We can expect a massive fightback from the forces of capital. Everything will be blamed on those who voted leave. The banks, and the speculators, who are gambling with our money right now, will put up obstacles.

But we have a lot of potential power – we just need to find it again in the unions and our other organisations. We must reject the right wing Leave politicians, who are also anti-workers. We must take advantage of the disarray in the Tory party.

We have a proud history of organisation and fought hard for our rights in times past. We have to rebuild our union movement to do this again. We need to unite, not spend our time in recriminations. The British people are not ignorant racists, who all support Farage and Johnson. We need to harness their anger at what has been done to us over the years. We have given a major signal that neoliberalism can be defeated – now we need to act.

The Workers Take Control – Now We Must Move Forward

Britain has voted to leave. We have stepped forward towards sovereignty and independence, although there will be battles with the EU in order to get them to accept the will of the people. We can now save billions from not having to contribute to the EU; more importantly we can have national control over how our those billions are spent. British governments will no longer have to follow the EU competition law which dictates the privatisation of services or the stability pact restrictions on public spending.

As a result of leaving, Britain will not be part of Transatlantic Trade and Investment Partnership (TTIP); the country can be free to trade with who ever it pleases and will not have multinational private corporations suing the government. Because we will no longer be in the EU, we will not have to accept the European Court of Justice decisions and British courts following British laws will be supreme in legal terms.

We have got rid of Cameron but not yet Osborne We will still have to fight against austerity, whether imposed by Brussels, Westminster, or Holyrood. We will no longer have the privatisation of services forced upon us by the EU, but we must stop our own British government from pursuing these thefts of national assets. British workers must fight against the wealthy 1% who run the global economy: against the Brussels bureaucrats, city slickers and wannabe lairds.

Francis Grady of the TUC says that now the priority is to defend industry and protect jobs, which means defending the pound and stimulating the economy. She goes on to say working people must not pay the price of leaving the EU.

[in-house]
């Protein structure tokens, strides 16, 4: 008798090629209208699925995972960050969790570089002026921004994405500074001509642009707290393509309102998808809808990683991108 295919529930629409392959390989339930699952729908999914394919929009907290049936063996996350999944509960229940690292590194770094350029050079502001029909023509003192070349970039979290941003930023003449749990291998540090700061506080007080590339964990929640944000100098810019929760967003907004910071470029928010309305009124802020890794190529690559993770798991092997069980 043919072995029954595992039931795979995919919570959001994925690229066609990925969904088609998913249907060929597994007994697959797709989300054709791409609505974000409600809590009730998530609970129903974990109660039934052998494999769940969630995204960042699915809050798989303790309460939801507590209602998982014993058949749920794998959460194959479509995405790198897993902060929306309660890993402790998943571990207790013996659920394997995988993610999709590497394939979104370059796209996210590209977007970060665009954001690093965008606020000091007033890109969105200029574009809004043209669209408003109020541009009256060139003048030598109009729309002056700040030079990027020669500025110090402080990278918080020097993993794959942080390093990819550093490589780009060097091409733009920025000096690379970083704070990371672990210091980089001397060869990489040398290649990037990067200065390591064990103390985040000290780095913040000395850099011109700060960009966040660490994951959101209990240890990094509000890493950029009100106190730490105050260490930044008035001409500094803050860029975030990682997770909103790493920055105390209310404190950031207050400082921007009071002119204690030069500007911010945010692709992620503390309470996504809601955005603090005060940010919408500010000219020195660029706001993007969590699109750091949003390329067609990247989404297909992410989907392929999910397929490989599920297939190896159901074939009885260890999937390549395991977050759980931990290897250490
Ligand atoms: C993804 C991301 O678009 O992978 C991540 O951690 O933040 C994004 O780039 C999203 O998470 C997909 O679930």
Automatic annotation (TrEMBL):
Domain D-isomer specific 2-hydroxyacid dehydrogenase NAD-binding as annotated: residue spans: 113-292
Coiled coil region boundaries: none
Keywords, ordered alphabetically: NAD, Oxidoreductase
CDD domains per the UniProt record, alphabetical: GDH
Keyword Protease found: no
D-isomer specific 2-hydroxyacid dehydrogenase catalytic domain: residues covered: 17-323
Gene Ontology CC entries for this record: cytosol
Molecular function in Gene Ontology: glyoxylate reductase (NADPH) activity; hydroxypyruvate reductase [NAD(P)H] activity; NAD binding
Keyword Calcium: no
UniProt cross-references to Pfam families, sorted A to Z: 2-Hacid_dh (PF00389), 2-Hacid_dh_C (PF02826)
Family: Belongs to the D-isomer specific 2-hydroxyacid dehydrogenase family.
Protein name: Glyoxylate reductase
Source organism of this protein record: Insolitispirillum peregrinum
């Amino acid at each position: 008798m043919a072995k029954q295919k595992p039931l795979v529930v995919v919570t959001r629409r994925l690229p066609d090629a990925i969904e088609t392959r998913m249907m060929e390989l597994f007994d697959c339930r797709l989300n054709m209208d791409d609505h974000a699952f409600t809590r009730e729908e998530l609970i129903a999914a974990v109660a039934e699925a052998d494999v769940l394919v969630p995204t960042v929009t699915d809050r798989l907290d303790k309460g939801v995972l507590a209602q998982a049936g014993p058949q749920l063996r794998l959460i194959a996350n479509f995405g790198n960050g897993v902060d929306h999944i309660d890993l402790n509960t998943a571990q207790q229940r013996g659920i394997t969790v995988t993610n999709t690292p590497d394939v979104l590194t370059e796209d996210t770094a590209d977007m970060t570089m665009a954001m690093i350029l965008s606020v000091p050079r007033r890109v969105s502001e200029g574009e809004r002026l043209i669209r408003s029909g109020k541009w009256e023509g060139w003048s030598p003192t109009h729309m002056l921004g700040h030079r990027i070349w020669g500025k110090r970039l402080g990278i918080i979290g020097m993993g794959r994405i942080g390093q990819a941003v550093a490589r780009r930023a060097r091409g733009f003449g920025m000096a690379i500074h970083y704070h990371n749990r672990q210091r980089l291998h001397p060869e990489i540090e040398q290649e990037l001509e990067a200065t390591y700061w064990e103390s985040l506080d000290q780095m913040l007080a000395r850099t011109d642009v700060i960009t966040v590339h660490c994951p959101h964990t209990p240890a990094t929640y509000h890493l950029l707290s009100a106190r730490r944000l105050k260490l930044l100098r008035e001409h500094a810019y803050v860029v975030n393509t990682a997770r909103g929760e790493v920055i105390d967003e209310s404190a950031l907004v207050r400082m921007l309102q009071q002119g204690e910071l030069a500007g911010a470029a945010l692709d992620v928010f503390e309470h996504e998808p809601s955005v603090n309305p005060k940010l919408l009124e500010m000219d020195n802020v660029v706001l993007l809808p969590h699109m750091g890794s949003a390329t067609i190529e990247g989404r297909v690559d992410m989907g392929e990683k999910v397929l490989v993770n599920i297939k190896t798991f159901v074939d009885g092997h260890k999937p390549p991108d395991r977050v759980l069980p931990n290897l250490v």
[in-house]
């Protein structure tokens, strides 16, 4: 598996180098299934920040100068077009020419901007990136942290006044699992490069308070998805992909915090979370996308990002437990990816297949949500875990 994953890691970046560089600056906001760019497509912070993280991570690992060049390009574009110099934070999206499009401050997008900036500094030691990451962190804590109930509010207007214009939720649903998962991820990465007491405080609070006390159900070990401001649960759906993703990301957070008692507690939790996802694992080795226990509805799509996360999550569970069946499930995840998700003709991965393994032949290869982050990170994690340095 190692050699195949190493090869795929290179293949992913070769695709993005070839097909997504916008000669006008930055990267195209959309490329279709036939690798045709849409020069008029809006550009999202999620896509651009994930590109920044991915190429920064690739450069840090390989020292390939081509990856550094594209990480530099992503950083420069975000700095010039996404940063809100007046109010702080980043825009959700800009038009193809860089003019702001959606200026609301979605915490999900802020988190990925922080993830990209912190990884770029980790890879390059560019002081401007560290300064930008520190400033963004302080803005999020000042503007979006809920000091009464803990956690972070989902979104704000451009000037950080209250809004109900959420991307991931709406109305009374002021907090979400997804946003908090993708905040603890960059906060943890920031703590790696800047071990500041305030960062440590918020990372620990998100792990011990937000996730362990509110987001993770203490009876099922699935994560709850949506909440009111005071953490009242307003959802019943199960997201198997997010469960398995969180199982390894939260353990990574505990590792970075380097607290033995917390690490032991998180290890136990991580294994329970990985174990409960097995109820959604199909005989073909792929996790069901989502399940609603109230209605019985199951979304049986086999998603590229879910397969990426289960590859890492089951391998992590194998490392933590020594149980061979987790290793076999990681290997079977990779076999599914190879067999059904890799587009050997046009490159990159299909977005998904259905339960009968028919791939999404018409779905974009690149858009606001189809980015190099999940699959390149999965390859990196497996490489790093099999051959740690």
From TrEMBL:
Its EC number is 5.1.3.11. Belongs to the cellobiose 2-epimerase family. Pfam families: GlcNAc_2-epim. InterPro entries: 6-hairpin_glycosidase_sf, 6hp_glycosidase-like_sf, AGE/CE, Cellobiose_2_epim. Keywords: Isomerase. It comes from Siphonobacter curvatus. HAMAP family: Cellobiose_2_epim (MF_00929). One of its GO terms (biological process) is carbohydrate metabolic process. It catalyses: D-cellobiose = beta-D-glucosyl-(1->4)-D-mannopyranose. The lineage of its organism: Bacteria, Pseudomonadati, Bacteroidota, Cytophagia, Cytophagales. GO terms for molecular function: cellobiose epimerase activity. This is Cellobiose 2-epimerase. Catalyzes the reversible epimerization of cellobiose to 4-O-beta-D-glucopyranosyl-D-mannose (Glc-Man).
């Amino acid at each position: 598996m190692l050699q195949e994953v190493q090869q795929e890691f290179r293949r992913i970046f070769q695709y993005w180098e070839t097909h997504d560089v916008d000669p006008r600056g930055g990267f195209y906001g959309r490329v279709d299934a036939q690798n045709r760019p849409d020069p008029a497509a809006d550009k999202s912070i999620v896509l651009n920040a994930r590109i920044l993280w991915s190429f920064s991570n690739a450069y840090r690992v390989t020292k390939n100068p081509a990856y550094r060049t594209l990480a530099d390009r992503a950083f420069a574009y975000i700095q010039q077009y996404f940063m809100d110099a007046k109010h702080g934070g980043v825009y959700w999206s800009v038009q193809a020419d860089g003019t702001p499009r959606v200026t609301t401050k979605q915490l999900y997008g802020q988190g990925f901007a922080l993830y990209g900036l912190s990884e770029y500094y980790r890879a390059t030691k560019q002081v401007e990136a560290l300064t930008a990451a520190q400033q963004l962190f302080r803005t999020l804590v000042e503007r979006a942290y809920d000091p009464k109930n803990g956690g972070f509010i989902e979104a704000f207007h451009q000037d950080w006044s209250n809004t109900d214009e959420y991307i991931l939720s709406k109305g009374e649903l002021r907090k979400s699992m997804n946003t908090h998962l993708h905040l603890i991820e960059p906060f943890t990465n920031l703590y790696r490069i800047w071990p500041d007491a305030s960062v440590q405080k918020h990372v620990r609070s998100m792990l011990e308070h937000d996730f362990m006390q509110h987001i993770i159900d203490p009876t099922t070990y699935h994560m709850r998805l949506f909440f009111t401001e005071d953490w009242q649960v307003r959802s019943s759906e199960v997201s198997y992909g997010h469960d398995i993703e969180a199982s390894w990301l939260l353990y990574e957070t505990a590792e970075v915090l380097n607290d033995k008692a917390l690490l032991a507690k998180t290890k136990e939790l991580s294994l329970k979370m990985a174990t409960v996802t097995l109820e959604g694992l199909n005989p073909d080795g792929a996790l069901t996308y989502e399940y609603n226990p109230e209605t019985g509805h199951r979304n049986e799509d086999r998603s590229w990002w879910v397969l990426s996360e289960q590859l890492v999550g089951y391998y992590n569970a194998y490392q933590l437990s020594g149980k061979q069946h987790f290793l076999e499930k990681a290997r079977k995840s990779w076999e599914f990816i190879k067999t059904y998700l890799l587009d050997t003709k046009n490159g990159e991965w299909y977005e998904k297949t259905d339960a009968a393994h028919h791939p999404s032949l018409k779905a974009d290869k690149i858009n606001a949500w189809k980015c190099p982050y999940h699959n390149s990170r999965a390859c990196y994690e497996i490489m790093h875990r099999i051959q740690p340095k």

There were a lot of reasons behind this vote. While some espoused a putrid racism, most did not. There was a discontent with the political elite in general and the present government in particular; but also a wish to regain control over our national finances and laws, our industry and borders. This wish to regain control is an expression of the wish for national sovereignty; it must become a demand and struggle for real democratic control by the working people over the economy, government and national life.




The Workers’ Party Twitter Feed

Ukrainian ambassador to Germany whitewashes Bandera's crimes & ignores his collaboration with the Nazis. In Britain much of the media & most parliamentary politicians also revise history to their ends. Many who stigmatised Corbyn remain silent on Nazis in Ukraine.

Communist Party ☭@CPBritain

WORLD TURNED UPSIDE DOWN - Ukrainian ambassador to Germany speaks on the pro-Nazi butcher Bandera.

US is a country where violence in is endemic. It has unleashed wars against countries throughout the world, its culture glorifies killing, whether by serial killers, police or security operatives. Children learn games where the aim is to kill or maim.

Keir Starmer has worked out that if Labour goes on about getting back in the EU, single market or customs union, Labour will lose badly; he'll be out of a job. Yet there are still those in Labour whose first loyalty is to Brussels.

With friends like these you get whole package: Brussels bureaucracy, "shared" i.e. ever decreasing sovereignty, NATO aggressive involvement, Banderist Nazi-Fascism which is whitewashed, history of genocide rewritten, "ethnic cleansing" of Russo-phone Ukrainians & unwinnable war.

Ursula von der Leyen@vonderleyen

Ukrainians are ready to die for the European perspective.

We want them to live with us the European dream.

A Series of Seminars: Economic Policy and the Role of Trade Unions is being run by the @GFTU1. An excellent set of informative discussion groups.

Load More...

All text on this site is copyright The Workers' Party of Britain. Established 2006